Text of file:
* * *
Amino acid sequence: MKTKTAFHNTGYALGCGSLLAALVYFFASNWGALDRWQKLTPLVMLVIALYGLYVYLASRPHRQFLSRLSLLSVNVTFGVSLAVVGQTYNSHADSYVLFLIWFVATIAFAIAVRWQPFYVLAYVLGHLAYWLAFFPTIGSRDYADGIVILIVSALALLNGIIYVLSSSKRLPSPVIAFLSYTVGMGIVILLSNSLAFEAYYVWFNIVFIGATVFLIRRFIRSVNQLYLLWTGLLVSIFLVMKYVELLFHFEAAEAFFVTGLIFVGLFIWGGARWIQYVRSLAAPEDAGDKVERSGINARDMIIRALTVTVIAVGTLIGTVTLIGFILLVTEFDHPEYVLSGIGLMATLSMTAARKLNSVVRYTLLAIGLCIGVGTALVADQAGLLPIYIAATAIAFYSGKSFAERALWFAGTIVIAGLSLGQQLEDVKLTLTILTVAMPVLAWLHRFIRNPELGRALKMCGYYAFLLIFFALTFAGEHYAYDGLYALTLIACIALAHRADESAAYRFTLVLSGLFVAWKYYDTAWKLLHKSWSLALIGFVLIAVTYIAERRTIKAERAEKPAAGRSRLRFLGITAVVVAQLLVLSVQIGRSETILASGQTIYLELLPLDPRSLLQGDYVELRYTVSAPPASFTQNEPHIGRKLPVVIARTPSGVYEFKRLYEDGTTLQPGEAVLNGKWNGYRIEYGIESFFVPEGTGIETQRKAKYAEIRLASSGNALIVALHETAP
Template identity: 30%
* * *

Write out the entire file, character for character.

Amino acid sequence: MKTKTAFHNTGYALGCGSLLAALVYFFASNWGALDRWQKLTPLVMLVIALYGLYVYLASRPHRQFLSRLSLLSVNVTFGVSLAVVGQTYNSHADSYVLFLIWFVATIAFAIAVRWQPFYVLAYVLGHLAYWLAFFPTIGSRDYADGIVILIVSALALLNGIIYVLSSSKRLPSPVIAFLSYTVGMGIVILLSNSLAFEAYYVWFNIVFIGATVFLIRRFIRSVNQLYLLWTGLLVSIFLVMKYVELLFHFEAAEAFFVTGLIFVGLFIWGGARWIQYVRSLAAPEDAGDKVERSGINARDMIIRALTVTVIAVGTLIGTVTLIGFILLVTEFDHPEYVLSGIGLMATLSMTAARKLNSVVRYTLLAIGLCIGVGTALVADQAGLLPIYIAATAIAFYSGKSFAERALWFAGTIVIAGLSLGQQLEDVKLTLTILTVAMPVLAWLHRFIRNPELGRALKMCGYYAFLLIFFALTFAGEHYAYDGLYALTLIACIALAHRADESAAYRFTLVLSGLFVAWKYYDTAWKLLHKSWSLALIGFVLIAVTYIAERRTIKAERAEKPAAGRSRLRFLGITAVVVAQLLVLSVQIGRSETILASGQTIYLELLPLDPRSLLQGDYVELRYTVSAPPASFTQNEPHIGRKLPVVIARTPSGVYEFKRLYEDGTTLQPGEAVLNGKWNGYRIEYGIESFFVPEGTGIETQRKAKYAEIRLASSGNALIVALHETAP
Template identity: 30%